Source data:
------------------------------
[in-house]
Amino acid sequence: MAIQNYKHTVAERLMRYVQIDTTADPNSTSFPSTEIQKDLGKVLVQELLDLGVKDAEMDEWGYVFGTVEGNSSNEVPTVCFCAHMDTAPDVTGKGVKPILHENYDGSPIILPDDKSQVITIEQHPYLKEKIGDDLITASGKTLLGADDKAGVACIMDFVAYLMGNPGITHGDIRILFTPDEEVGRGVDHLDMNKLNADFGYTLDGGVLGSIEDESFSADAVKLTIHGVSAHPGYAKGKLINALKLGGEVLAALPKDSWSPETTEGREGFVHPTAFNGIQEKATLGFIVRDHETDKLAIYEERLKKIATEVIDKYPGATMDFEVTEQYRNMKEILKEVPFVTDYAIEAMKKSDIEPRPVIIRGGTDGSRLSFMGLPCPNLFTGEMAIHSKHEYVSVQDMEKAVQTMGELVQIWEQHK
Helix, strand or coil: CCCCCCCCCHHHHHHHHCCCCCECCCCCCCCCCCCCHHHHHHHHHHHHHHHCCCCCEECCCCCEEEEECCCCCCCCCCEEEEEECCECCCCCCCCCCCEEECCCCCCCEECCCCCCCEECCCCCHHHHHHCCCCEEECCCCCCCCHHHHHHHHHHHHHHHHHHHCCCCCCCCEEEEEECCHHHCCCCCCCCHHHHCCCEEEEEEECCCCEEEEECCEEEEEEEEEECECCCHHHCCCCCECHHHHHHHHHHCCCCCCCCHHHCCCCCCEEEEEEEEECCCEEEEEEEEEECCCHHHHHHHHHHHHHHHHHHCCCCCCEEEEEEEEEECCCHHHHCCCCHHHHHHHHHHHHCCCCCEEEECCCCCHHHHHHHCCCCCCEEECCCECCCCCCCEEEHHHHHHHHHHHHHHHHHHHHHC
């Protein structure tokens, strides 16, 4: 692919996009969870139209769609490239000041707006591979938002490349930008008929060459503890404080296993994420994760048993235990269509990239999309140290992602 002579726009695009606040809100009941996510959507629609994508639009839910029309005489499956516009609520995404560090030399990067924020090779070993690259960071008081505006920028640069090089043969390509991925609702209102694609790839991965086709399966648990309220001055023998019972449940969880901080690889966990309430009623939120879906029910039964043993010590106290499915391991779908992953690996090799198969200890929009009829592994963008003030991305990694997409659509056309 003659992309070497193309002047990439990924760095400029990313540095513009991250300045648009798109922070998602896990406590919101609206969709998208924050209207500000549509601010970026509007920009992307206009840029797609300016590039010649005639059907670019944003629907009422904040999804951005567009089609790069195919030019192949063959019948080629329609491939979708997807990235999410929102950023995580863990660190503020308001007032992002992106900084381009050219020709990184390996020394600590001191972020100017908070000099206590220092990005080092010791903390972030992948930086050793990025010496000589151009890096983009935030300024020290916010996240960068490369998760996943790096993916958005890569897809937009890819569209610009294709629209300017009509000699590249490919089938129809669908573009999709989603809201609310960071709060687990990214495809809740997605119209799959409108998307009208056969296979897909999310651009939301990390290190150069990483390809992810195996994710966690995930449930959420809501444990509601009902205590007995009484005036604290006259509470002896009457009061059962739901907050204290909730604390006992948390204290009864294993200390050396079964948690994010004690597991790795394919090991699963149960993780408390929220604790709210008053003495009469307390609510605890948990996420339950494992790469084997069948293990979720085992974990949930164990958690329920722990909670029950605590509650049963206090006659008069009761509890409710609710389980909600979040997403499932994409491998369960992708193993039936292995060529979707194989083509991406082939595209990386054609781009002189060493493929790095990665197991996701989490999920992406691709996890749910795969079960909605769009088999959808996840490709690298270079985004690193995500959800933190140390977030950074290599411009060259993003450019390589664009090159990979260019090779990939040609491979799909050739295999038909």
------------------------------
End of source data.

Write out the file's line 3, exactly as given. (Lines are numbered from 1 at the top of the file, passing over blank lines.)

Helix, strand or coil: CCCCCCCCCHHHHHHHHCCCCCECCCCCCCCCCCCCHHHHHHHHHHHHHHHCCCCCEECCCCCEEEEECCCCCCCCCCEEEEEECCECCCCCCCCCCCEEECCCCCCCEECCCCCCCEECCCCCHHHHHHCCCCEEECCCCCCCCHHHHHHHHHHHHHHHHHHHCCCCCCCCEEEEEECCHHHCCCCCCCCHHHHCCCEEEEEEECCCCEEEEECCEEEEEEEEEECECCCHHHCCCCCECHHHHHHHHHHCCCCCCCCHHHCCCCCCEEEEEEEEECCCEEEEEEEEEECCCHHHHHHHHHHHHHHHHHHCCCCCCEEEEEEEEEECCCHHHHCCCCHHHHHHHHHHHHCCCCCEEEECCCCCHHHHHHHCCCCCCEEECCCECCCCCCCEEEHHHHHHHHHHHHHHHHHHHHHC